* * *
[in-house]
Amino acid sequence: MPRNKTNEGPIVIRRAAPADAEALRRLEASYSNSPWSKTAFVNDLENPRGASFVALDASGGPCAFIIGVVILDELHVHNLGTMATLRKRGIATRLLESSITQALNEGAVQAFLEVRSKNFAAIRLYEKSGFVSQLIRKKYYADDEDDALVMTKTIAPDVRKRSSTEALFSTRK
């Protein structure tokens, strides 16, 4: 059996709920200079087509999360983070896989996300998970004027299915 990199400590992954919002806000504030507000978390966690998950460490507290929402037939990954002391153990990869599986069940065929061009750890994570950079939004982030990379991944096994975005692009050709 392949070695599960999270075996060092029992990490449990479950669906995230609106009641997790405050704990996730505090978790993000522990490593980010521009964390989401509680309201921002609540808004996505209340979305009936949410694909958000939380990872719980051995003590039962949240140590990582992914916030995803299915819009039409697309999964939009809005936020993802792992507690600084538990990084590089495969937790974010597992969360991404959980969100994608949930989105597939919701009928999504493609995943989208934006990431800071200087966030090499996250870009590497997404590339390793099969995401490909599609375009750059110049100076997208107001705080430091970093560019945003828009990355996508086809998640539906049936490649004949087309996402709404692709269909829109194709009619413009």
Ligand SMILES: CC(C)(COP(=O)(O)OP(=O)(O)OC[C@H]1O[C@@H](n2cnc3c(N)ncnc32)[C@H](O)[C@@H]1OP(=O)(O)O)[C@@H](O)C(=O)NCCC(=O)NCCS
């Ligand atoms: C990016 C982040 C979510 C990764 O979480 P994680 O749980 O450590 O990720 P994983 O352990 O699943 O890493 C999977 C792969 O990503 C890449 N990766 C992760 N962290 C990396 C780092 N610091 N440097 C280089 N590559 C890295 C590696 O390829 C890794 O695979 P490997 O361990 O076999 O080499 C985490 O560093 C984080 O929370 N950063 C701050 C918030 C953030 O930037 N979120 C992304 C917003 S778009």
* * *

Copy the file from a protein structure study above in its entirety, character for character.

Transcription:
[in-house]
Amino acid sequence: MPRNKTNEGPIVIRRAAPADAEALRRLEASYSNSPWSKTAFVNDLENPRGASFVALDASGGPCAFIIGVVILDELHVHNLGTMATLRKRGIATRLLESSITQALNEGAVQAFLEVRSKNFAAIRLYEKSGFVSQLIRKKYYADDEDDALVMTKTIAPDVRKRSSTEALFSTRK
């Protein structure tokens, strides 16, 4: 059996709920200079087509999360983070896989996300998970004027299915 990199400590992954919002806000504030507000978390966690998950460490507290929402037939990954002391153990990869599986069940065929061009750890994570950079939004982030990379991944096994975005692009050709 392949070695599960999270075996060092029992990490449990479950669906995230609106009641997790405050704990996730505090978790993000522990490593980010521009964390989401509680309201921002609540808004996505209340979305009936949410694909958000939380990872719980051995003590039962949240140590990582992914916030995803299915819009039409697309999964939009809005936020993802792992507690600084538990990084590089495969937790974010597992969360991404959980969100994608949930989105597939919701009928999504493609995943989208934006990431800071200087966030090499996250870009590497997404590339390793099969995401490909599609375009750059110049100076997208107001705080430091970093560019945003828009990355996508086809998640539906049936490649004949087309996402709404692709269909829109194709009619413009």
Ligand SMILES: CC(C)(COP(=O)(O)OP(=O)(O)OC[C@H]1O[C@@H](n2cnc3c(N)ncnc32)[C@H](O)[C@@H]1OP(=O)(O)O)[C@@H](O)C(=O)NCCC(=O)NCCS
């Ligand atoms: C990016 C982040 C979510 C990764 O979480 P994680 O749980 O450590 O990720 P994983 O352990 O699943 O890493 C999977 C792969 O990503 C890449 N990766 C992760 N962290 C990396 C780092 N610091 N440097 C280089 N590559 C890295 C590696 O390829 C890794 O695979 P490997 O361990 O076999 O080499 C985490 O560093 C984080 O929370 N950063 C701050 C918030 C953030 O930037 N979120 C992304 C917003 S778009």